White arkitekter to reinvigorate the longest pleasure pier in the world
It is hoped the ambitious project, which won an international design competition organised by the Landscape Institute in 2009 and was designed by White arkitekter in partnership with UK-based architects Sprunt and structural engineers Price & Myers, will revitalise the iconic pier’s fortunes following the fire that devastated the structure in 2005. Originally constructed in the Victorian era, the Grade II listed structure, which has its own train line and is 2,158m (1.34 miles) long, has survived fires, boat crashes, two world wars and economic decline, as well as undergoing a series of design alterations and amendments.
Earlier this month a stretch of decking and several pilings were damaged after a barge moored to the side of the pier was driven underneath it in high winds and heavy swell. Most British piers are populated by amusement arcades and rides, but Scandinavian architecture practice White aim to reinstate Southend’s most famous landmark as a public space, making it an extension of the urban fabric of the town over the water by creating a cultural centre and square at the pier head.
The final design is firmly rooted in the original competition-winning scheme Sculpted by Wind and Wave and represents a radical deviation from the traditional Victorian architecture of the town. Its sweeping geometric form and harmonising palette of materials celebrate the topography of the windswept site and integrate it into the scenic landscape. The scheme comprises a new 364 sq m cultural centre built on the surviving cast iron columns of the pier head. It will accommodate: a multi-purpose space, seating approx 185 people; an individual 40 sq m artist studio; a flexible cafe/dining area; ancillary accommodation (WCs, store and kitchen).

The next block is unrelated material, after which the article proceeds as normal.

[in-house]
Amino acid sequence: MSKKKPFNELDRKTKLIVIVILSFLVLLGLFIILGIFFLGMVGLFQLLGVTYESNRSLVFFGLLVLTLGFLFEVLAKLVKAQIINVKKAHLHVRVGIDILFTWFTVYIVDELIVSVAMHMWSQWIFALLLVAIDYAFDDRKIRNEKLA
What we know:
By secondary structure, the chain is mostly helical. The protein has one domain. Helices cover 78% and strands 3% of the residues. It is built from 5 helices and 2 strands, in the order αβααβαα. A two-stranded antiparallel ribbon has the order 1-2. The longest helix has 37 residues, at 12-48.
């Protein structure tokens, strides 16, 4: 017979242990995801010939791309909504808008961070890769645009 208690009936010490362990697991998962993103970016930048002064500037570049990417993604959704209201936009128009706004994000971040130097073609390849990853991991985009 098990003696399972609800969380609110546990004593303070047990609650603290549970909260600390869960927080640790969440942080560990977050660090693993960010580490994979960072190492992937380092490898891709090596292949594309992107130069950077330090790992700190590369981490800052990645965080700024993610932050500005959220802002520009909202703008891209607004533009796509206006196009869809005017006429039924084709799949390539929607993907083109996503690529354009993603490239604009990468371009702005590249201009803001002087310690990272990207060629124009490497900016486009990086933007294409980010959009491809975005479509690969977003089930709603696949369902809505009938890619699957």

A ramped timber walkway made of the same FSC-certified tropical wood as the existing decking ameliorates the change in height at the building entrance, which is raised 1.5m from the deck. A 121 sq m south-facing terrace opposite the entrance is arranged in a series of levels to provide a spectator platform amphitheatre with seating for up to 100 people. Measuring 3m at its highest point it fulfills the functions of the original open air theatre and public square as well as acting as a windbreak and providing superb views from the pier head.
The cultural centre is characterised by its dynamic wave-shaped roof. It is constructed of triangular panels which anchor to the long wall of the building, giving the walls and roof one unified expression and opening up the Northern entrance façade with floor-to-ceiling glazing that gives a clear view through the entire building.